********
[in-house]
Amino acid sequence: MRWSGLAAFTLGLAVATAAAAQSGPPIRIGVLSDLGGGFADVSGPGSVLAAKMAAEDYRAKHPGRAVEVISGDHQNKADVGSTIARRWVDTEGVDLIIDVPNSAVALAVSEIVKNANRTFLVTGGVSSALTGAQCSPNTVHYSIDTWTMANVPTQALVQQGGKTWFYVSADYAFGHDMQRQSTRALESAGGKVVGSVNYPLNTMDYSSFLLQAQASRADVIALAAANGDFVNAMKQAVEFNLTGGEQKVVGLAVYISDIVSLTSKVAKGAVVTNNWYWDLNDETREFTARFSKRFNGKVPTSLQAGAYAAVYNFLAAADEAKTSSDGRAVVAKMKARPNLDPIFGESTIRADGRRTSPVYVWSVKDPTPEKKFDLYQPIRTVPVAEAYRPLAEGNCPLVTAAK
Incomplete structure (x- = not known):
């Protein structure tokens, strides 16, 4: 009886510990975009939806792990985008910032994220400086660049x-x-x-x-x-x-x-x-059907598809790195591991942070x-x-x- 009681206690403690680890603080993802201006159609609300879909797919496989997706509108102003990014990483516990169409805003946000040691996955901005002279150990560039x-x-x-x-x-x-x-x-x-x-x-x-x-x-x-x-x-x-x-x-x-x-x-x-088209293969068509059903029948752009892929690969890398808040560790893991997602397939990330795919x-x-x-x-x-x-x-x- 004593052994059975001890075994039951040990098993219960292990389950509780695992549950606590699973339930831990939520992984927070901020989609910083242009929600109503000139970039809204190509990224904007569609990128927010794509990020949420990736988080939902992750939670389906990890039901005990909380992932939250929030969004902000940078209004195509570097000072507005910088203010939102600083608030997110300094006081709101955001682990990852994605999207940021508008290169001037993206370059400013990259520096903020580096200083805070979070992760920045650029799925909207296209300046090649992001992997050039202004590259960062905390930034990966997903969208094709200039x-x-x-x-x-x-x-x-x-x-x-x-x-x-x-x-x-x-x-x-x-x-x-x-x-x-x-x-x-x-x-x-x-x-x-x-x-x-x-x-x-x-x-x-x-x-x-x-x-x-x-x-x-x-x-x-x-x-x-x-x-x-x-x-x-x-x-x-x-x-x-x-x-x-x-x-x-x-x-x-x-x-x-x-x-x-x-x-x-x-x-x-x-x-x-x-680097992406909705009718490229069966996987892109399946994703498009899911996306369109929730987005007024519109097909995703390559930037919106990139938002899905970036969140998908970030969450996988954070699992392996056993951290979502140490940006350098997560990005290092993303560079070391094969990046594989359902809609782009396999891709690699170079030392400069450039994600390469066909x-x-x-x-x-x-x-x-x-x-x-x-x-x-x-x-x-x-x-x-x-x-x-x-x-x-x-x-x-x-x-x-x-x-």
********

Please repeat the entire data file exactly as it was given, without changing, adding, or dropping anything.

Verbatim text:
[in-house]
Amino acid sequence: MRWSGLAAFTLGLAVATAAAAQSGPPIRIGVLSDLGGGFADVSGPGSVLAAKMAAEDYRAKHPGRAVEVISGDHQNKADVGSTIARRWVDTEGVDLIIDVPNSAVALAVSEIVKNANRTFLVTGGVSSALTGAQCSPNTVHYSIDTWTMANVPTQALVQQGGKTWFYVSADYAFGHDMQRQSTRALESAGGKVVGSVNYPLNTMDYSSFLLQAQASRADVIALAAANGDFVNAMKQAVEFNLTGGEQKVVGLAVYISDIVSLTSKVAKGAVVTNNWYWDLNDETREFTARFSKRFNGKVPTSLQAGAYAAVYNFLAAADEAKTSSDGRAVVAKMKARPNLDPIFGESTIRADGRRTSPVYVWSVKDPTPEKKFDLYQPIRTVPVAEAYRPLAEGNCPLVTAAK
Incomplete structure (x- = not known):
């Protein structure tokens, strides 16, 4: 009886510990975009939806792990985008910032994220400086660049x-x-x-x-x-x-x-x-059907598809790195591991942070x-x-x- 009681206690403690680890603080993802201006159609609300879909797919496989997706509108102003990014990483516990169409805003946000040691996955901005002279150990560039x-x-x-x-x-x-x-x-x-x-x-x-x-x-x-x-x-x-x-x-x-x-x-x-088209293969068509059903029948752009892929690969890398808040560790893991997602397939990330795919x-x-x-x-x-x-x-x- 004593052994059975001890075994039951040990098993219960292990389950509780695992549950606590699973339930831990939520992984927070901020989609910083242009929600109503000139970039809204190509990224904007569609990128927010794509990020949420990736988080939902992750939670389906990890039901005990909380992932939250929030969004902000940078209004195509570097000072507005910088203010939102600083608030997110300094006081709101955001682990990852994605999207940021508008290169001037993206370059400013990259520096903020580096200083805070979070992760920045650029799925909207296209300046090649992001992997050039202004590259960062905390930034990966997903969208094709200039x-x-x-x-x-x-x-x-x-x-x-x-x-x-x-x-x-x-x-x-x-x-x-x-x-x-x-x-x-x-x-x-x-x-x-x-x-x-x-x-x-x-x-x-x-x-x-x-x-x-x-x-x-x-x-x-x-x-x-x-x-x-x-x-x-x-x-x-x-x-x-x-x-x-x-x-x-x-x-x-x-x-x-x-x-x-x-x-x-x-x-x-x-x-x-x-680097992406909705009718490229069966996987892109399946994703498009899911996306369109929730987005007024519109097909995703390559930037919106990139938002899905970036969140998908970030969450996988954070699992392996056993951290979502140490940006350098997560990005290092993303560079070391094969990046594989359902809609782009396999891709690699170079030392400069450039994600390469066909x-x-x-x-x-x-x-x-x-x-x-x-x-x-x-x-x-x-x-x-x-x-x-x-x-x-x-x-x-x-x-x-x-x-």